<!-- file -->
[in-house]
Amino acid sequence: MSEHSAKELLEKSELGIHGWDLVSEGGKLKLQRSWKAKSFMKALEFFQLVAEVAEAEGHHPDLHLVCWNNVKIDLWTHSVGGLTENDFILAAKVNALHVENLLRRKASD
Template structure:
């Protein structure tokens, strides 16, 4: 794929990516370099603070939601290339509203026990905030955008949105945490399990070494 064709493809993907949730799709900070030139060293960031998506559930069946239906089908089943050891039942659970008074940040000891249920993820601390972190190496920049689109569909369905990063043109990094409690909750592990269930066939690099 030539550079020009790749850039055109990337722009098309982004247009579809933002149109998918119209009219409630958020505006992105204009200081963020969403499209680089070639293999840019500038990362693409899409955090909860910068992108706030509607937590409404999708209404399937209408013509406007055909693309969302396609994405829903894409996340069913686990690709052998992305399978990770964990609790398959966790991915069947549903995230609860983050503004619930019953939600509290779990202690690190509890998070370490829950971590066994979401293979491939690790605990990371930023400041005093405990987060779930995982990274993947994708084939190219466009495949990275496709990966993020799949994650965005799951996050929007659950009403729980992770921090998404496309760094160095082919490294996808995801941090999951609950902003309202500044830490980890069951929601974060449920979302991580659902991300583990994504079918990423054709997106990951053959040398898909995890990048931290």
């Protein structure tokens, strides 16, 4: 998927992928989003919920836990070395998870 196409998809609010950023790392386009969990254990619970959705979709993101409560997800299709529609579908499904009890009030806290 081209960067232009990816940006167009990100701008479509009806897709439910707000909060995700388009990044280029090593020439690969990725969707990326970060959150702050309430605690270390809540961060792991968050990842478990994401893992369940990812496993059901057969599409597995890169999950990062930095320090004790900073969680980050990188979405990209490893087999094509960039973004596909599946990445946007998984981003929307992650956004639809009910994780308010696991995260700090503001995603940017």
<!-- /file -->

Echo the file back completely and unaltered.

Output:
[in-house]
Amino acid sequence: MSEHSAKELLEKSELGIHGWDLVSEGGKLKLQRSWKAKSFMKALEFFQLVAEVAEAEGHHPDLHLVCWNNVKIDLWTHSVGGLTENDFILAAKVNALHVENLLRRKASD
Template structure:
């Protein structure tokens, strides 16, 4: 794929990516370099603070939601290339509203026990905030955008949105945490399990070494 064709493809993907949730799709900070030139060293960031998506559930069946239906089908089943050891039942659970008074940040000891249920993820601390972190190496920049689109569909369905990063043109990094409690909750592990269930066939690099 030539550079020009790749850039055109990337722009098309982004247009579809933002149109998918119209009219409630958020505006992105204009200081963020969403499209680089070639293999840019500038990362693409899409955090909860910068992108706030509607937590409404999708209404399937209408013509406007055909693309969302396609994405829903894409996340069913686990690709052998992305399978990770964990609790398959966790991915069947549903995230609860983050503004619930019953939600509290779990202690690190509890998070370490829950971590066994979401293979491939690790605990990371930023400041005093405990987060779930995982990274993947994708084939190219466009495949990275496709990966993020799949994650965005799951996050929007659950009403729980992770921090998404496309760094160095082919490294996808995801941090999951609950902003309202500044830490980890069951929601974060449920979302991580659902991300583990994504079918990423054709997106990951053959040398898909995890990048931290």
């Protein structure tokens, strides 16, 4: 998927992928989003919920836990070395998870 196409998809609010950023790392386009969990254990619970959705979709993101409560997800299709529609579908499904009890009030806290 081209960067232009990816940006167009990100701008479509009806897709439910707000909060995700388009990044280029090593020439690969990725969707990326970060959150702050309430605690270390809540961060792991968050990842478990994401893992369940990812496993059901057969599409597995890169999950990062930095320090004790900073969680980050990188979405990209490893087999094509960039973004596909599946990445946007998984981003929307992650956004639809009910994780308010696991995260700090503001995603940017």